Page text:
If you think the cost of obtaining public records in Colorado is too high now, you’re not going to like what will happen in 2024.
public records fees
A new analysis of open records laws in all 50 states highlights several ways Colorado legislators could make criminal justice records more accessible to journalists and the public.
For those concerned about access to government records in Colorado, the 2022 legislative session was notable for what didn’t happen — the introduction of a bill addressing frustrating issues such as expensive fees, email retention and slow responses by law enforcement agencies.
COVID-19 touched nearly every aspect of our lives in 2020 so of course it affected government transparency and public access to courts in Colorado.
This may come as a surprise to Coloradans who have been quoted hundreds or thousands of dollars by cities, state agencies, school districts and other government entities for “research and retrieval” in response to their public records requests: Not every state allows such charges.
Not only is a $50-per-record research fee not authorized in CORA, the building department’s public records policy makes no mention of providing a free hour to requesters. That is an “unequivocal violation of CORA,” said Steve Zansberg, a First Amendment lawyer and president of the Colorado Freedom of Information Coalition. The department’s justification for its research-and-retrieval fee is “simply lacking in any legal basis,” he added.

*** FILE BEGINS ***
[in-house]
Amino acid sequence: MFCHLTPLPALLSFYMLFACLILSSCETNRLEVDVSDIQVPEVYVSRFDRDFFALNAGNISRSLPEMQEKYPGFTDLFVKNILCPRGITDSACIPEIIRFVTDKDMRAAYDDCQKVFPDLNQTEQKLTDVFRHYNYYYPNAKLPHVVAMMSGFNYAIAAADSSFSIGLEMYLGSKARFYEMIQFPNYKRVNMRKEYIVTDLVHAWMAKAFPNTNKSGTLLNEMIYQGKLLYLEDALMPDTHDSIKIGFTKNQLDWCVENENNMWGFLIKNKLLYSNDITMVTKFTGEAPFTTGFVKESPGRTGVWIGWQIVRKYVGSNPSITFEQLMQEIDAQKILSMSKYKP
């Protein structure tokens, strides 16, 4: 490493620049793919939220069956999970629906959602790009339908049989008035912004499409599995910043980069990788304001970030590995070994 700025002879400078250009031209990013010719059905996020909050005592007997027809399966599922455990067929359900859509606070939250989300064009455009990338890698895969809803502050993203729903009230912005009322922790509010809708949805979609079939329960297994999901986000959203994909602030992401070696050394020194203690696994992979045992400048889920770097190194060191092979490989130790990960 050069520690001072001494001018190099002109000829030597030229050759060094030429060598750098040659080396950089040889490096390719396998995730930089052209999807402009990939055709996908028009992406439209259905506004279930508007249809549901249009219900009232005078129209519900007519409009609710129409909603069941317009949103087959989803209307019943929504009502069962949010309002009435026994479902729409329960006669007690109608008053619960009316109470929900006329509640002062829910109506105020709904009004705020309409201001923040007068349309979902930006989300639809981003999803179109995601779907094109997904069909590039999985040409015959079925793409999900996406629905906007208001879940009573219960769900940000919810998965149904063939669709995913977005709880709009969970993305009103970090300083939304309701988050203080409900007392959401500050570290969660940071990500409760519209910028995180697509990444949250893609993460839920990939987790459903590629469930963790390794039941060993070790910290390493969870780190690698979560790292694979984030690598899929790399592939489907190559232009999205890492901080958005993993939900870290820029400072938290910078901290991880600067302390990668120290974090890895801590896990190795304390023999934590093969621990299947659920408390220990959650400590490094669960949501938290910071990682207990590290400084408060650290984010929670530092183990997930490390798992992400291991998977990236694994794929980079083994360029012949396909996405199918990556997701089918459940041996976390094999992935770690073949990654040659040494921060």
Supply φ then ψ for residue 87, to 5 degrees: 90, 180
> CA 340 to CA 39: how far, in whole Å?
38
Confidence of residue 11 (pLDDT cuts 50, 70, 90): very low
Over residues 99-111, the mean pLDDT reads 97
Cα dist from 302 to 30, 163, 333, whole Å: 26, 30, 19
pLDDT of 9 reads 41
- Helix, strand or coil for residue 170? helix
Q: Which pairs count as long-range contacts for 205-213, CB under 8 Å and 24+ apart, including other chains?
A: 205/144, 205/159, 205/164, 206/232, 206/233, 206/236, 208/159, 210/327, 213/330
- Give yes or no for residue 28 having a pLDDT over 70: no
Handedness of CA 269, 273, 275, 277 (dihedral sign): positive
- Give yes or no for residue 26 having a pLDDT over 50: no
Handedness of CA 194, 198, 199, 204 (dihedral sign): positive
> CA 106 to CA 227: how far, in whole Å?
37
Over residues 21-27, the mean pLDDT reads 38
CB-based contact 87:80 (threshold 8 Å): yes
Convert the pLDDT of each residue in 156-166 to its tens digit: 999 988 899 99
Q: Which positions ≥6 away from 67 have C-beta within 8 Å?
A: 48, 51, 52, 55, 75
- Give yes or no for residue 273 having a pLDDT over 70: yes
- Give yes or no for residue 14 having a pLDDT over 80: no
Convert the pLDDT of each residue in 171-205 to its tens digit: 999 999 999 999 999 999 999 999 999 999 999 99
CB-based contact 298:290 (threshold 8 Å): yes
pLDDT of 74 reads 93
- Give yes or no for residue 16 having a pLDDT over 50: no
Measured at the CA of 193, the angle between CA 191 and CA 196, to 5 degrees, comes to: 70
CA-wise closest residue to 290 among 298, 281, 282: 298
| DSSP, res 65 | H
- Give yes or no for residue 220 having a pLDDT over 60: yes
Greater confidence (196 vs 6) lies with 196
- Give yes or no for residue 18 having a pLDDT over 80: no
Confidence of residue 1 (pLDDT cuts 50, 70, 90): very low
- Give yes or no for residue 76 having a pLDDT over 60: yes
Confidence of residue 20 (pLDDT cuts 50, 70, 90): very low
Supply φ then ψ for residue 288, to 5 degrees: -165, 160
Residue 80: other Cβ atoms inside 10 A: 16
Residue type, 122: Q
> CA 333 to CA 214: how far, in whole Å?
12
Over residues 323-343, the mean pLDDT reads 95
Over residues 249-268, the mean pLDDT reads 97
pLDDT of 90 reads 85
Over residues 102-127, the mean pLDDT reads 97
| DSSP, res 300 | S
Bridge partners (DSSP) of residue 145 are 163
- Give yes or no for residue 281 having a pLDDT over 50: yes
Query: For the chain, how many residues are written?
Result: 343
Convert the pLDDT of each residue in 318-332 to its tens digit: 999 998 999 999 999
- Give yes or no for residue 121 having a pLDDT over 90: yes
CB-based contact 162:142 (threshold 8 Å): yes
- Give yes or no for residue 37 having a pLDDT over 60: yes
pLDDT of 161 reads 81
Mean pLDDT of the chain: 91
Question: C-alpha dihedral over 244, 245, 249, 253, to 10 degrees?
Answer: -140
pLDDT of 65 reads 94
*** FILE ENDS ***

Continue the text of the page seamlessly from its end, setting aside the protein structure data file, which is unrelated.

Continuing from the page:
An audit finds fault with the city of Denver’s process for complying with open records requests, calling it “not as accessible or transparent as other Colorado governments.”
News organizations in Colorado will soon get some extra legal firepower to fight wrongful denials of access to government records and proceedings.
A major battle plays out daily in Colorado as some of our elected and appointed officials – all of whom took a solemn oath to serve all Coloradans – do everything possible to frustrate disclosing information belonging to the people. These fights involve access to records concerning public policies created with taxpayer dollars.
A free and independent press is fundamental — it is essential — to American democracy at all levels. But knowing that is precisely why Coloradans must begin a conversation about alternative ways to fund local journalism — even ways that involve public dollars.